The search is on for better alternatives to the ‘broken’ way companies harness compound-making organisms
Hope and expectation surround the chemical industry’s increasing adoption of biotechnological manufacturing – but today, their lengthy development times and complex processes mean frustration is a major by-product. ‘The process of developing industrial biomanufacturing [IB] processes is broken,’ warns Sean Ward, founder and chief technology officer at bioengineering firm Synthace, in London, UK. ‘It costs too much and it takes too long.’ He cites a Lux Research analysis from June that estimates that it currently takes on average 7.4 years to bring an IB process to full scale.
Governments, scientific institutions and companies are therefore acting to help industrial biomanufacturing streamline commercialisation and capitalise on its promise. A roadmap produced in March by the US National Academy of Sciences (NAS) is already influencing planners domestically and internationally. Meanwhile the UK’s approach to assist the technology across the ‘valley of death’ to market has evolved since it adopted ‘synthetic biology’ as one of its ‘eight great technologies’.
The NAS report estimates that bio-based product markets were already worth $353 billion in 2012, more than 2.2 percent of US gross domestic product. That encompasses pharmaceutical, bulk and fine chemical manufacturing, underlines report committee chair Thomas Connelly, who was formerly chief innovation officer of chemicals giant DuPont. ‘Companies such as BASF, DuPont, and DSM are heavily using bio-based manufacturing techniques in many processes,’ adds Connelly.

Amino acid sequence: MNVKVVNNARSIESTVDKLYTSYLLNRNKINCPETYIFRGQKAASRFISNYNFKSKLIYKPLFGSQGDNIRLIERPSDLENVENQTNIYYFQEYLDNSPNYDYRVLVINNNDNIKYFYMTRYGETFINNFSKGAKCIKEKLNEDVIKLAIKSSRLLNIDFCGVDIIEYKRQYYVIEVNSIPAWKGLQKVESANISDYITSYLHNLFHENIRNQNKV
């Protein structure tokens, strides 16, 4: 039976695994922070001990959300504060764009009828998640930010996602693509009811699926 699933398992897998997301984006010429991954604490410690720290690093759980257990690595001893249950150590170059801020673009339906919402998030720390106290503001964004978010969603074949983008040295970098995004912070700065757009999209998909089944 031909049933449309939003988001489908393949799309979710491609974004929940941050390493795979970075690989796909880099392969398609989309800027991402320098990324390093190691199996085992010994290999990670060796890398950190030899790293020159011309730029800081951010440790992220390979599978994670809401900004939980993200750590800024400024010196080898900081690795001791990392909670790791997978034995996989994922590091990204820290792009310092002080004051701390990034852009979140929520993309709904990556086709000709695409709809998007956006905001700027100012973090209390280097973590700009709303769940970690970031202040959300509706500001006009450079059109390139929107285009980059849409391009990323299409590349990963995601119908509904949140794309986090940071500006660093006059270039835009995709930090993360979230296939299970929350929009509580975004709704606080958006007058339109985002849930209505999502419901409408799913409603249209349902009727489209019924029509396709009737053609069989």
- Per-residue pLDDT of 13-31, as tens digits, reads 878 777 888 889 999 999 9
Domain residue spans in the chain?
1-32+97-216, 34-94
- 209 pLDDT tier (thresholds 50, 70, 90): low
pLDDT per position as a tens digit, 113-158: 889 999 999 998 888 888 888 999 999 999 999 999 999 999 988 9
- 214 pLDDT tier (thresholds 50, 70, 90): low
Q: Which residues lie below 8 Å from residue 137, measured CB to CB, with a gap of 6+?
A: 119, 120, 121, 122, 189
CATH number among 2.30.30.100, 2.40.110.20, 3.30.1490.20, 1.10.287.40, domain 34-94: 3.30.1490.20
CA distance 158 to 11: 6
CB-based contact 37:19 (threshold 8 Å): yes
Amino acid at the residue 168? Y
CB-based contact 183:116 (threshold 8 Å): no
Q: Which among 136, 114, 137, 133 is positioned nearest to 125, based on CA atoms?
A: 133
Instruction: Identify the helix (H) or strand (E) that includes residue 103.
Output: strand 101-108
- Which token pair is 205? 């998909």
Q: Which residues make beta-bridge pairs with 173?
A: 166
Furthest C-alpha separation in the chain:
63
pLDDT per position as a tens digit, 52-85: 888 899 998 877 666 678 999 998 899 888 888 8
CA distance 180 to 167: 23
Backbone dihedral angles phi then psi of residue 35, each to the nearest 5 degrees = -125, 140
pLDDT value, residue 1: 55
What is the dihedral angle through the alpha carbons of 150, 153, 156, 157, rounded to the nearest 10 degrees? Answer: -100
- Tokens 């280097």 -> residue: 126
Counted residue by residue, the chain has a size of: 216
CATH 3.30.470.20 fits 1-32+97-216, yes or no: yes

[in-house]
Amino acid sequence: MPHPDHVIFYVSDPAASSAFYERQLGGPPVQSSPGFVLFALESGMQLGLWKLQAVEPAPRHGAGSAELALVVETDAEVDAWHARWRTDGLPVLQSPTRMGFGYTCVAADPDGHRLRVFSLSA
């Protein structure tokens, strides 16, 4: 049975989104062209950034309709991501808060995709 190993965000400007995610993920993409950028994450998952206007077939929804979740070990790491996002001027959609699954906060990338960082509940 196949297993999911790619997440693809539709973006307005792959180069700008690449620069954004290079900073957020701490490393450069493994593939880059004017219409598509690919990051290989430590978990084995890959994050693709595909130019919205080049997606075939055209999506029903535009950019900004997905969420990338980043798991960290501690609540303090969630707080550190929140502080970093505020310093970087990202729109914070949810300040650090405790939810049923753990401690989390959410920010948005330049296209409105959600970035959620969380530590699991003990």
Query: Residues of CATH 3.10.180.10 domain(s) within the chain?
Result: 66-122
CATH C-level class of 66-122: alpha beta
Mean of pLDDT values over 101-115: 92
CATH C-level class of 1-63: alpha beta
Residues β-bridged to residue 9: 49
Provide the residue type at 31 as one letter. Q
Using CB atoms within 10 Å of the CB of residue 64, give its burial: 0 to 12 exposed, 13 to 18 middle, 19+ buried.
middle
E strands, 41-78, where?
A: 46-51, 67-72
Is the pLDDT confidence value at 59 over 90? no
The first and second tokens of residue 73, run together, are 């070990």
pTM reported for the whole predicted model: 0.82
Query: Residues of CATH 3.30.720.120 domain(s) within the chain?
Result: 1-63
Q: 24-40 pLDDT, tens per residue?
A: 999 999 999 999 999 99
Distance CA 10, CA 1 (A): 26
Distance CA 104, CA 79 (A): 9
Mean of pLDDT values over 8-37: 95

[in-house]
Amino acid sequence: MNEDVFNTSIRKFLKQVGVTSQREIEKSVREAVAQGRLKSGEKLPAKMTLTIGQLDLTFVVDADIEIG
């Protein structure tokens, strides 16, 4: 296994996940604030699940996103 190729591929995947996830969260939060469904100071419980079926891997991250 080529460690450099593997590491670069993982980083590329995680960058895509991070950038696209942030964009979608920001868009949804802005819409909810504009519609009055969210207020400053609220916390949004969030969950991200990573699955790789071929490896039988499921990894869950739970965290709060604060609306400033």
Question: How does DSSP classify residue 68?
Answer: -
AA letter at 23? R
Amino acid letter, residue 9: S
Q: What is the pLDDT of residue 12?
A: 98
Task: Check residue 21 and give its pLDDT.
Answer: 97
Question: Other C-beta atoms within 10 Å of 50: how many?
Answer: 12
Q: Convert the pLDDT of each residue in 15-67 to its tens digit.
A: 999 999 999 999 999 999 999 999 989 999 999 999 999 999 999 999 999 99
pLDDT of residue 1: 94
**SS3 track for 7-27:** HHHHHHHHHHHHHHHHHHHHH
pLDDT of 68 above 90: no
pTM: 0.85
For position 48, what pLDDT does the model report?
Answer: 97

Good progress has been made in pharmaceutical biomanufacturing, notes Rob Noel, business and new technologies development manager at fluid management equipment supplier Pall Life Sciences in Portsmouth, UK. Changes in the cells used to express proteins have boosted biological drug production capacity, he emphasises. ‘Over the last 5–10 years, manufacturing titres have increased tenfold to around 10–20 grams per litre.’
Not fast enough
Nevertheless, the US Department of Energy (DOE) and National Science Foundation (NSF) commissioned the NAS report to ‘accelerate biological production of chemicals and also to create a roadmap to that future’. The roadmap details goals ranging from better feedstock availability and ‘pre-processing’, to development of a wider range of useable organisms and improved enzyme design.
Industrial biotechnology cross-cuts fuels, chemicals, materials, polymers, medicines, but you need engagement in each of those sectors
Connelly explains that the recommendations also asked the DOE, NSF and other US agencies to support these goals, and establish an ongoing roadmapping mechanism. ‘We’ve received comments from US government stakeholders that they are using elements of the report in their programme planning,’ he says. ‘We have also heard from the Organisation for Economic Co-operation and Development (OECD) Science and Technology working group that they are considering aspects of the report for the 2016 OECD agenda.’